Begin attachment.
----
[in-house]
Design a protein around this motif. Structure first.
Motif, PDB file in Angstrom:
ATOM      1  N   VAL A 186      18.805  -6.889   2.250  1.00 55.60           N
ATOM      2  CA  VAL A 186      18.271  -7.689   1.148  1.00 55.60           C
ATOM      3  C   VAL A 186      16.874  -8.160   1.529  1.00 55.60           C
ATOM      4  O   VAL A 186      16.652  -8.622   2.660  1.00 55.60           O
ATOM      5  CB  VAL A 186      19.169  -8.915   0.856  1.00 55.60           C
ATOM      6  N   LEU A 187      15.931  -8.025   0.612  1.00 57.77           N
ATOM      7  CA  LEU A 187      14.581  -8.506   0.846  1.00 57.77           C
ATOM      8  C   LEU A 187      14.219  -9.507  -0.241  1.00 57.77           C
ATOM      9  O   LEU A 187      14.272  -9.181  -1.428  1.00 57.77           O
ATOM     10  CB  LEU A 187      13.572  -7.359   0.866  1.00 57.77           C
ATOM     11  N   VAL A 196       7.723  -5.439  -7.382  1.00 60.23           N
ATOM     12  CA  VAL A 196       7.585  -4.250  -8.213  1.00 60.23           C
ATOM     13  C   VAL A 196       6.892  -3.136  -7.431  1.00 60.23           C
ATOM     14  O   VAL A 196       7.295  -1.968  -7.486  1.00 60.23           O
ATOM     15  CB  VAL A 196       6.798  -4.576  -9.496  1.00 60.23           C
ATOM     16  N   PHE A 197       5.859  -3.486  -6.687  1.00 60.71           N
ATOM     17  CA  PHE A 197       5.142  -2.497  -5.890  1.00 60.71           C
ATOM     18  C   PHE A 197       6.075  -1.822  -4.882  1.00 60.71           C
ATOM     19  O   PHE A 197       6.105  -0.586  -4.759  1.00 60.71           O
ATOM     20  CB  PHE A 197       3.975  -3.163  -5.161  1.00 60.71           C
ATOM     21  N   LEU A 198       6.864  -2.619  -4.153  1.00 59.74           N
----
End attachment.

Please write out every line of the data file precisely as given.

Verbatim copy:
[in-house]
Design a protein around this motif. Structure first.
Motif, PDB file in Angstrom:
ATOM      1  N   VAL A 186      18.805  -6.889   2.250  1.00 55.60           N
ATOM      2  CA  VAL A 186      18.271  -7.689   1.148  1.00 55.60           C
ATOM      3  C   VAL A 186      16.874  -8.160   1.529  1.00 55.60           C
ATOM      4  O   VAL A 186      16.652  -8.622   2.660  1.00 55.60           O
ATOM      5  CB  VAL A 186      19.169  -8.915   0.856  1.00 55.60           C
ATOM      6  N   LEU A 187      15.931  -8.025   0.612  1.00 57.77           N
ATOM      7  CA  LEU A 187      14.581  -8.506   0.846  1.00 57.77           C
ATOM      8  C   LEU A 187      14.219  -9.507  -0.241  1.00 57.77           C
ATOM      9  O   LEU A 187      14.272  -9.181  -1.428  1.00 57.77           O
ATOM     10  CB  LEU A 187      13.572  -7.359   0.866  1.00 57.77           C
ATOM     11  N   VAL A 196       7.723  -5.439  -7.382  1.00 60.23           N
ATOM     12  CA  VAL A 196       7.585  -4.250  -8.213  1.00 60.23           C
ATOM     13  C   VAL A 196       6.892  -3.136  -7.431  1.00 60.23           C
ATOM     14  O   VAL A 196       7.295  -1.968  -7.486  1.00 60.23           O
ATOM     15  CB  VAL A 196       6.798  -4.576  -9.496  1.00 60.23           C
ATOM     16  N   PHE A 197       5.859  -3.486  -6.687  1.00 60.71           N
ATOM     17  CA  PHE A 197       5.142  -2.497  -5.890  1.00 60.71           C
ATOM     18  C   PHE A 197       6.075  -1.822  -4.882  1.00 60.71           C
ATOM     19  O   PHE A 197       6.105  -0.586  -4.759  1.00 60.71           O
ATOM     20  CB  PHE A 197       3.975  -3.163  -5.161  1.00 60.71           C
ATOM     21  N   LEU A 198       6.864  -2.619  -4.153  1.00 59.74           N